1st July – 31st December 2024 (inclusive) for non-residents:

  • USD 200 per day, per adult
  • USD 50 per day, per child (9-17 years; 8 years and below are free).

Additionally, a Community Fee of USD 50 per guest, per night, irrespective of age or residency, is introduced under a new lease agreement with Narok County Government. This fee aims to distribute tourism benefits more equitably and contribute to Masai Mara’s ecological sustainability.

3. Two Other Essential Factors for Travelers in 2024.
3.1. Health & Travel Tips.

Kenya falls into a yellow fever region of Africa. You must obtain a yellow fever vaccination at least 10 days before arrival in a yellow fever region. Failure to produce an official yellow fever vaccination certificate upon arrival may result in you being denied entry. Additionally, other countries may deny entry or re-entry without proof of yellow fever vaccination after a visit to a yellow fever region.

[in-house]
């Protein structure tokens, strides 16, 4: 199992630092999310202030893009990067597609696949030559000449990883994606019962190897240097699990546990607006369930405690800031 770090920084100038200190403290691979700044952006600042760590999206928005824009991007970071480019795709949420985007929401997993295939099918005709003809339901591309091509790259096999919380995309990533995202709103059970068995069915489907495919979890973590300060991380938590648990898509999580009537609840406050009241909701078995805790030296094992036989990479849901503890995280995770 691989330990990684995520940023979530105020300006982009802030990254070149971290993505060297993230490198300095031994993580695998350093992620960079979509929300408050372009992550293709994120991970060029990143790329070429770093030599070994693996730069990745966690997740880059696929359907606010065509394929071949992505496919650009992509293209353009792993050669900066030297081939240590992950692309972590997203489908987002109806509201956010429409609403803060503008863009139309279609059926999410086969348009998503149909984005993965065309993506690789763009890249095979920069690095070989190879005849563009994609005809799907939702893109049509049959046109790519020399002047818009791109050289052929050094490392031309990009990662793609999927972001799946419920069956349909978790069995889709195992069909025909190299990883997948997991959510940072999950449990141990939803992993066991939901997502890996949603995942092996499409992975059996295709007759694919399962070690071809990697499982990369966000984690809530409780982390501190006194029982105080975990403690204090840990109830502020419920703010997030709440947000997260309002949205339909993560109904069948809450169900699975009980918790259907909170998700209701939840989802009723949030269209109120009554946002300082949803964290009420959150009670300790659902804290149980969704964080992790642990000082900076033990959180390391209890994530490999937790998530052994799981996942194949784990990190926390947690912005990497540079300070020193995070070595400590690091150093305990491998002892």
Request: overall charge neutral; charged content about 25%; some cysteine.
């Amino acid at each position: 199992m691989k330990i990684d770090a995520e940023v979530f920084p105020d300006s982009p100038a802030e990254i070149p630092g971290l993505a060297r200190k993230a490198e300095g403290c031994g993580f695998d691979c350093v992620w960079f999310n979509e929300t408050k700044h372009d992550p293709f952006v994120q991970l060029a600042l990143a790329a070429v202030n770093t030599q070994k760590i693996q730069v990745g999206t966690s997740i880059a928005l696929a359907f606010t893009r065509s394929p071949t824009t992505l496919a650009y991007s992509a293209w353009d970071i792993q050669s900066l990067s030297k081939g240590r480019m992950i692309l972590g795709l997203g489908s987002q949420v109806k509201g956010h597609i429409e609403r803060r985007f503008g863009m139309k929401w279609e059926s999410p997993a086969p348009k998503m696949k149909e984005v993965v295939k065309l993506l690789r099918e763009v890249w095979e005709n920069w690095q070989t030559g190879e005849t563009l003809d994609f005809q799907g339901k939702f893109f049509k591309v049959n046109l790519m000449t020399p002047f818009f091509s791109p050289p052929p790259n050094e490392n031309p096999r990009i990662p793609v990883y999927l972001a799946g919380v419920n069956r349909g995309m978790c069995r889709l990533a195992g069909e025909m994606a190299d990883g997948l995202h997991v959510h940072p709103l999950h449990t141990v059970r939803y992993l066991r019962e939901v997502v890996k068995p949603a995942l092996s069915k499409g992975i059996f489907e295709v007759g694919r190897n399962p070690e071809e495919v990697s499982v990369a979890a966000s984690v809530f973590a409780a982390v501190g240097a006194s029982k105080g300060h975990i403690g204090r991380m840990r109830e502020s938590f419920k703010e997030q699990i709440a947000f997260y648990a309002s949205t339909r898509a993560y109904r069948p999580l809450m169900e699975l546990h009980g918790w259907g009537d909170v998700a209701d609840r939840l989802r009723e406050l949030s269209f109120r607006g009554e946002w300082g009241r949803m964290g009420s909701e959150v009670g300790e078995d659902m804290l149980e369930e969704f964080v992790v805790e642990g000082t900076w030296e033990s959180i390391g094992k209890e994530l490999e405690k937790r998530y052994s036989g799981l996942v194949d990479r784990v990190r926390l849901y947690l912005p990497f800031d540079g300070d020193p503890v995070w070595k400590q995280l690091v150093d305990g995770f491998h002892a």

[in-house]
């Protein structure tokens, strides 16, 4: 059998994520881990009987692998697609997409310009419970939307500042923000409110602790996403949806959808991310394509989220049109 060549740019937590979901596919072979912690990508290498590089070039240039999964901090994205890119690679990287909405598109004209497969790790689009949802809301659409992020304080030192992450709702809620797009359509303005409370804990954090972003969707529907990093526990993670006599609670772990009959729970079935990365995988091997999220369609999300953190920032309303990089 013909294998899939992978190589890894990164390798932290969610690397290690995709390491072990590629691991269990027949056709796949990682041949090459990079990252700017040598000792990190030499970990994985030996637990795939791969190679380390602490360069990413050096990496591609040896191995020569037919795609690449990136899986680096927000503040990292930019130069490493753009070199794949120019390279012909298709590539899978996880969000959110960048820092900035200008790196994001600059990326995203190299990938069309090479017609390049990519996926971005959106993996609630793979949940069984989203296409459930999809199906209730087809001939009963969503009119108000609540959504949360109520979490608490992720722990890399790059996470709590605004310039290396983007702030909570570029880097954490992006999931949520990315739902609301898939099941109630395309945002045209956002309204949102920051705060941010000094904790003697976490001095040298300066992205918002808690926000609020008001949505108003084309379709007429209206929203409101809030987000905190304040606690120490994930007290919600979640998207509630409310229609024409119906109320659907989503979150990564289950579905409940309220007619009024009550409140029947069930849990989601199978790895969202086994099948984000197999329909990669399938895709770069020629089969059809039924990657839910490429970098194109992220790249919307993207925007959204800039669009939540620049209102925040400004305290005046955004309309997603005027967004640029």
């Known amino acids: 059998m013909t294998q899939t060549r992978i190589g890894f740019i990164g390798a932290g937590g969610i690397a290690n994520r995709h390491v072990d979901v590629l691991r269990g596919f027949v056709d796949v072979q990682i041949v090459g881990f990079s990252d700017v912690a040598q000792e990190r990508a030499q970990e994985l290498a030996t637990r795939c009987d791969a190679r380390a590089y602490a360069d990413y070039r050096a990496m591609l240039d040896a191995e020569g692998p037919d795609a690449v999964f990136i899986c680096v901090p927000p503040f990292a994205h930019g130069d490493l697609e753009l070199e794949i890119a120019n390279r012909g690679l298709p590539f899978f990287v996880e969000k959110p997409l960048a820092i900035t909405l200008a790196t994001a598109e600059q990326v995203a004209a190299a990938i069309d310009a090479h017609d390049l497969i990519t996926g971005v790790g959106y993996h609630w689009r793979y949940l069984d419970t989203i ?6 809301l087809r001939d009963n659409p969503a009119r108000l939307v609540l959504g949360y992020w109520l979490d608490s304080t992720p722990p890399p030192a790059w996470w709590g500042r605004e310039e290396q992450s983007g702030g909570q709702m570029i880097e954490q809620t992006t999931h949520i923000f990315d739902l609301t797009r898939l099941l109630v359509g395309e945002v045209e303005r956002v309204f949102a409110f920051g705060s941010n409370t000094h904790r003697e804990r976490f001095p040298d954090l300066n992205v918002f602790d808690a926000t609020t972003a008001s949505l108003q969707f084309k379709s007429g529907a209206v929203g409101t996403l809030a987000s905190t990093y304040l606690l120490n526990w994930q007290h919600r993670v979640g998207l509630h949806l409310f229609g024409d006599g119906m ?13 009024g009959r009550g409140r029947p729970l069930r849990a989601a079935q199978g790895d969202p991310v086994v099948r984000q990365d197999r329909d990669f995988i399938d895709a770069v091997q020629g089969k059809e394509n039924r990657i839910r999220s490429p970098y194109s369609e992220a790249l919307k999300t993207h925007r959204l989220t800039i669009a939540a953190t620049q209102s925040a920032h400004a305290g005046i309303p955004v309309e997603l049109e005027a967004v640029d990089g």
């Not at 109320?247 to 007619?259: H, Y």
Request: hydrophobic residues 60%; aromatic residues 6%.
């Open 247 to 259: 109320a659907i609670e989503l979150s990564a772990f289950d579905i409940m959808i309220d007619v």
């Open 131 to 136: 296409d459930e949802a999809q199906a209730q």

We also highly recommend that you take precautions against malaria. Your physician will be able to assist you with a prescription for prophylaxis for malaria before you arrive in the malaria-infested area. Tips on avoiding malaria: take a prescription antimalarial drug. Use insect repellent liberally and wear long pants and sleeves to prevent mosquito bites. Sleep in air-conditioned or well-screened rooms or use bed nets. To maximize the benefit of inoculations/immunizations we suggest you see a healthcare provider at least 4–6 weeks before your trip to allow time for your vaccines to take effect.

Furthermore, based on the current guidelines, travelers arriving in Kenya do not need to present proof of COVID-19 vaccination or a pre-departure COVID-19 test result. However, travelers showing flu-like symptoms will need to complete a passenger locator form and take a COVID-19 Antigen test upon arrival (at their own cost). Travelers who test positive will be required to take further tests, and those with severe symptoms will be required to isolate as per the prevailing isolation requirement.